Sometimes, when you least expect it, something wonderful happens. My friend Annie decided to celebrate a special birthday in Singapore and invited us along. We were delighted to accept and looked forward to a week of fun filled days as we explored this jewel of the East.
Flying out of the Gold Coast airport to Singapore on Scoot Airlines, the new budget offering from Singapore Airlines, was so much better than we expected: the new dreamliner was reasonably comfortable, the service good and best of all, we arrived at a civilised time in the afternoon. A celebratory drink and delightful dinner was enjoyed by all at our hotel, the Pan-Pacific at Marina Bay.
A brief foray into the immediate surroundings brought unexpected delights, including an indoor aquarium constructed entirely from balloons.
But it was time for birthday shenanigans. Taking full advantage of the beautiful weather, we lazily drifted about the pool and reclined on day beds sipping champagne, while we nibbled the first of two birthday cakes (courtesy of the hotel).
We were resting, preparing ourselves for the birthday feast: the seafood buffet at the Edge Restaurant in the Pan Pacific.
Lobster, prawns, chilli crab, sashimi, prawns, oysters. salmon … what to choose? We took it very slowly, pacing ourselves, savouring each morsel, each of us designing our own perfect combination. A special feature of the buffet were the live food stations. You could just go and request a particular seafood speciality and they would cook it to order and bring it out to you. Magical.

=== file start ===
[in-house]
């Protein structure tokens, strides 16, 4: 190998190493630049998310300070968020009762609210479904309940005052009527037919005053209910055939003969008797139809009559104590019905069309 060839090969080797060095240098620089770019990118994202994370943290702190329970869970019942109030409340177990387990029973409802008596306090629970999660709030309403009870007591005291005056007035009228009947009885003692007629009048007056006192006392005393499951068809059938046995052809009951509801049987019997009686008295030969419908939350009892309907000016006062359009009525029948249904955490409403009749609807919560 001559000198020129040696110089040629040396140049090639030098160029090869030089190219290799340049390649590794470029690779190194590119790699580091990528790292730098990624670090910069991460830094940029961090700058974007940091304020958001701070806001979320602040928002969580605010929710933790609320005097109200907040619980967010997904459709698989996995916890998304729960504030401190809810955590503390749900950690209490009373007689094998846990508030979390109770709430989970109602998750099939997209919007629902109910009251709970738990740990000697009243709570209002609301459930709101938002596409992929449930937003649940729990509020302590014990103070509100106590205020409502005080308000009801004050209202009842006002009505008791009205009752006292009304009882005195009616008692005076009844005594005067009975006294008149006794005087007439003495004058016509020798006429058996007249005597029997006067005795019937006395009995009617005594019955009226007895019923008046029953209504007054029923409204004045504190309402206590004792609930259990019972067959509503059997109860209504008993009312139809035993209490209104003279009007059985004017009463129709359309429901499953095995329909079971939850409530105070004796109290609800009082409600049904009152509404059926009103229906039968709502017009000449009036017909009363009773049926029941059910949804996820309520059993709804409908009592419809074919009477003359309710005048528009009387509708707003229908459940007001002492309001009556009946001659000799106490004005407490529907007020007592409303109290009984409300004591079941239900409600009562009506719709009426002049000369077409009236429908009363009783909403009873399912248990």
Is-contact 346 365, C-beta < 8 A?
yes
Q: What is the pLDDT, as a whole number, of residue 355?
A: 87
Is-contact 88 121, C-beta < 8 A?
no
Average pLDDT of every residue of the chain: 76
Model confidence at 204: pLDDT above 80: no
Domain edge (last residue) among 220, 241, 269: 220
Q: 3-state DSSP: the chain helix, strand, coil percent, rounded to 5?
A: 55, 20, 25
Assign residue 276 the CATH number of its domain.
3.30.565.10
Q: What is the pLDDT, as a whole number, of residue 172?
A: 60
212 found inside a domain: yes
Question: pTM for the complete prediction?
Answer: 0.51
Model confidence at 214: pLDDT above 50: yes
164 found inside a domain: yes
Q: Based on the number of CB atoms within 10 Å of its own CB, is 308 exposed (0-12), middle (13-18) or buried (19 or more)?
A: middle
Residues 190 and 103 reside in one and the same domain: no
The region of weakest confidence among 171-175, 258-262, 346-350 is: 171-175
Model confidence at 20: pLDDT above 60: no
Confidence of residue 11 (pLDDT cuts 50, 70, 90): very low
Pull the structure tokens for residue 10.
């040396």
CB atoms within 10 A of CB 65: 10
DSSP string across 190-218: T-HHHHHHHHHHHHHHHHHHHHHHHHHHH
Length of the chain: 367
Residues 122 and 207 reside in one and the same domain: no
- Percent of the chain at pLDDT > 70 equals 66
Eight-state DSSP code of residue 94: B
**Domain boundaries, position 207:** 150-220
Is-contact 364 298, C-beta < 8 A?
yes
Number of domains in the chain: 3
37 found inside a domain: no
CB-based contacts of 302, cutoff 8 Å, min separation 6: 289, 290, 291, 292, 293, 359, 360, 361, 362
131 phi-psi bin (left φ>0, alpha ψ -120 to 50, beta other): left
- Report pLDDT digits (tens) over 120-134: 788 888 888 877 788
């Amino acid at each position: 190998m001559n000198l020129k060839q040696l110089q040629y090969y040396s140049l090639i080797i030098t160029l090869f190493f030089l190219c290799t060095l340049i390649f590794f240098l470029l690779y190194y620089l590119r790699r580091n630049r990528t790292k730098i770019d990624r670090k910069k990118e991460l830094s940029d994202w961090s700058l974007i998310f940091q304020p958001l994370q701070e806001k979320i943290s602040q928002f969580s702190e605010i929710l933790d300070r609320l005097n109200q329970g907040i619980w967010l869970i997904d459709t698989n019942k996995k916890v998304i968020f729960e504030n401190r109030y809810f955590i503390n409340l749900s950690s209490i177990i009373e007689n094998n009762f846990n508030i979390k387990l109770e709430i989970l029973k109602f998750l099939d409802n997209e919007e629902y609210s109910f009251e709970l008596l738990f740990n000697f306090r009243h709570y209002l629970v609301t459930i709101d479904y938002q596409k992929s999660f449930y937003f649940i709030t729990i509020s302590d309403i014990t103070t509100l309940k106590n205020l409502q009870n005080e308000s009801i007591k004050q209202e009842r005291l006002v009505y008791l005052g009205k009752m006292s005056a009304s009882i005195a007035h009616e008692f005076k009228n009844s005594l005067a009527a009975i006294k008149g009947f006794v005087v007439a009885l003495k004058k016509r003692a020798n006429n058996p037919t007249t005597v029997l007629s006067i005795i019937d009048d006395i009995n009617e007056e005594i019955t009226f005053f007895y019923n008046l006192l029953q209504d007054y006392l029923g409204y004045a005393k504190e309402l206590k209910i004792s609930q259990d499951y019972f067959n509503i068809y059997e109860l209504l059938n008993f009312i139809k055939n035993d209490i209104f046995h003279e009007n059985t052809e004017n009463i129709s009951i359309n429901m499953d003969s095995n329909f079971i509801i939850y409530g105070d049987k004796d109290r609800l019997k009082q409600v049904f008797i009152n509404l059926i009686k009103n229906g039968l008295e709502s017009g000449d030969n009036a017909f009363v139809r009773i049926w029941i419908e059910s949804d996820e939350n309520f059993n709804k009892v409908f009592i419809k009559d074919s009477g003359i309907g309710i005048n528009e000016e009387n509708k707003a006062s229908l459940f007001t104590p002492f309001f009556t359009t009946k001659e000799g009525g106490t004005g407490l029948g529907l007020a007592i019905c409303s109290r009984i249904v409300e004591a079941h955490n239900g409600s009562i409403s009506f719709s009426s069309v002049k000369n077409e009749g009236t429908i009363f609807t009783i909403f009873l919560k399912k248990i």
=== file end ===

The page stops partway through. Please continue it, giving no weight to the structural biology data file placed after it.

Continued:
After such a meal, it was time to explore Marina Bay. Singapore’s skyline is amazing and a photographer’s paradise.
It was lovely to see how children are catered for in these open public places. While we were in Singapore, an inflatable Art Zoo, a kind of floating, giant, jumping castle was installed beside the helix bridge and the kids and their parents had a ball.
We enjoyed walking around the bay to the Merlion park where we found a cafe that was actually open for breakfast.
The views across the bay in the morning light were wonderful.
It was time to venture further afield. Becoming real tourists, we boarded the wacky duck, a remodelled WWII amphibious vehicle to explore Singapore’s landmarks by sea and by land. It was great to view familiar sights from the water but we made the mistake of sitting down the back and much of the commentary couldn’t be heard over the roar of the engines.
And in the evening dusk, as torchlight beckoned and the fire dancers performed, we met some of the residents of the Night Zoo.
Mastering the MRT, we wandered through the crowded alleyways of Chinatown. I was looking for toddler pyjamas. I remembered how adorable Christian had looked in his pale green, Chinese pyjamas and how much he loved them, so wanted to find something similar for Genevieve and Hudson. I bargained hard! And super cute silk pyjamas found their way into my bag. Looking back though, I don’t know who came out on top; the shopkeeper or me … a number of other items suddenly seemed essential … and the shopkeeper was smiling as she took my money.
We couldn’t resist the novelty of the Gourmet Bus either.
This was an indulgent way to see more of the city including a quick taste of the Gardens by the Bay where the dinosaurs, who were visiting for the school holidays, said ‘hello’.